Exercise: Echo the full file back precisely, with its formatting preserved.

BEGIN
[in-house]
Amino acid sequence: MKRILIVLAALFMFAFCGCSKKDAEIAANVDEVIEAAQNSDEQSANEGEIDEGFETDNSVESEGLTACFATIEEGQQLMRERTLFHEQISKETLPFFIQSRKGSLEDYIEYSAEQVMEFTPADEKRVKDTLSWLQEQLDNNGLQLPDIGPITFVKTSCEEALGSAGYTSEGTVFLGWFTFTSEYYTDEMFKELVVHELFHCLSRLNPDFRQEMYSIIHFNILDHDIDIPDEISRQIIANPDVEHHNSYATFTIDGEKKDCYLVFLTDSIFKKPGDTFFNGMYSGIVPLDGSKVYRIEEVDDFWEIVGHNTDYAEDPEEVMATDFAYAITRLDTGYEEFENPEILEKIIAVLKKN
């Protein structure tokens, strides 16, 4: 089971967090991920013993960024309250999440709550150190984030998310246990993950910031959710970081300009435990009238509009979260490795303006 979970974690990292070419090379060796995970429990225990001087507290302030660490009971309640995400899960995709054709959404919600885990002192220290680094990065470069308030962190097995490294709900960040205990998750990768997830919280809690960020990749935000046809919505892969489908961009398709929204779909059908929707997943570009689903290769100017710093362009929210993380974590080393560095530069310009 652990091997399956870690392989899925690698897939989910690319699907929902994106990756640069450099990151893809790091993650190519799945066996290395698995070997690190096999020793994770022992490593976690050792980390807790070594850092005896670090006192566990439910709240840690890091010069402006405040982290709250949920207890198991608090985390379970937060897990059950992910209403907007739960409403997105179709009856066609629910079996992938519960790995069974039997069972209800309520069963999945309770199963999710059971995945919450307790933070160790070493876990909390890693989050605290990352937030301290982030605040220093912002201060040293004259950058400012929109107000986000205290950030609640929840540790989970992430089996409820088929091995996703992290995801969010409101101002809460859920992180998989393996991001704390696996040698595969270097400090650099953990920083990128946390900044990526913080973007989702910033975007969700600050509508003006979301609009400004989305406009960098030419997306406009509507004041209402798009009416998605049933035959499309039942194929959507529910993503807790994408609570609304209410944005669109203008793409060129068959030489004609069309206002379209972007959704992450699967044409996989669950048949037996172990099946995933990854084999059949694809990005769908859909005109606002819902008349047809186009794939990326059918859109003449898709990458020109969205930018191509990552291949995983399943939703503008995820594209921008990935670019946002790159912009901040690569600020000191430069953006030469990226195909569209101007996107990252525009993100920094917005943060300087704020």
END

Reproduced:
[in-house]
Amino acid sequence: MKRILIVLAALFMFAFCGCSKKDAEIAANVDEVIEAAQNSDEQSANEGEIDEGFETDNSVESEGLTACFATIEEGQQLMRERTLFHEQISKETLPFFIQSRKGSLEDYIEYSAEQVMEFTPADEKRVKDTLSWLQEQLDNNGLQLPDIGPITFVKTSCEEALGSAGYTSEGTVFLGWFTFTSEYYTDEMFKELVVHELFHCLSRLNPDFRQEMYSIIHFNILDHDIDIPDEISRQIIANPDVEHHNSYATFTIDGEKKDCYLVFLTDSIFKKPGDTFFNGMYSGIVPLDGSKVYRIEEVDDFWEIVGHNTDYAEDPEEVMATDFAYAITRLDTGYEEFENPEILEKIIAVLKKN
């Protein structure tokens, strides 16, 4: 089971967090991920013993960024309250999440709550150190984030998310246990993950910031959710970081300009435990009238509009979260490795303006 979970974690990292070419090379060796995970429990225990001087507290302030660490009971309640995400899960995709054709959404919600885990002192220290680094990065470069308030962190097995490294709900960040205990998750990768997830919280809690960020990749935000046809919505892969489908961009398709929204779909059908929707997943570009689903290769100017710093362009929210993380974590080393560095530069310009 652990091997399956870690392989899925690698897939989910690319699907929902994106990756640069450099990151893809790091993650190519799945066996290395698995070997690190096999020793994770022992490593976690050792980390807790070594850092005896670090006192566990439910709240840690890091010069402006405040982290709250949920207890198991608090985390379970937060897990059950992910209403907007739960409403997105179709009856066609629910079996992938519960790995069974039997069972209800309520069963999945309770199963999710059971995945919450307790933070160790070493876990909390890693989050605290990352937030301290982030605040220093912002201060040293004259950058400012929109107000986000205290950030609640929840540790989970992430089996409820088929091995996703992290995801969010409101101002809460859920992180998989393996991001704390696996040698595969270097400090650099953990920083990128946390900044990526913080973007989702910033975007969700600050509508003006979301609009400004989305406009960098030419997306406009509507004041209402798009009416998605049933035959499309039942194929959507529910993503807790994408609570609304209410944005669109203008793409060129068959030489004609069309206002379209972007959704992450699967044409996989669950048949037996172990099946995933990854084999059949694809990005769908859909005109606002819902008349047809186009794939990326059918859109003449898709990458020109969205930018191509990552291949995983399943939703503008995820594209921008990935670019946002790159912009901040690569600020000191430069953006030469990226195909569209101007996107990252525009993100920094917005943060300087704020």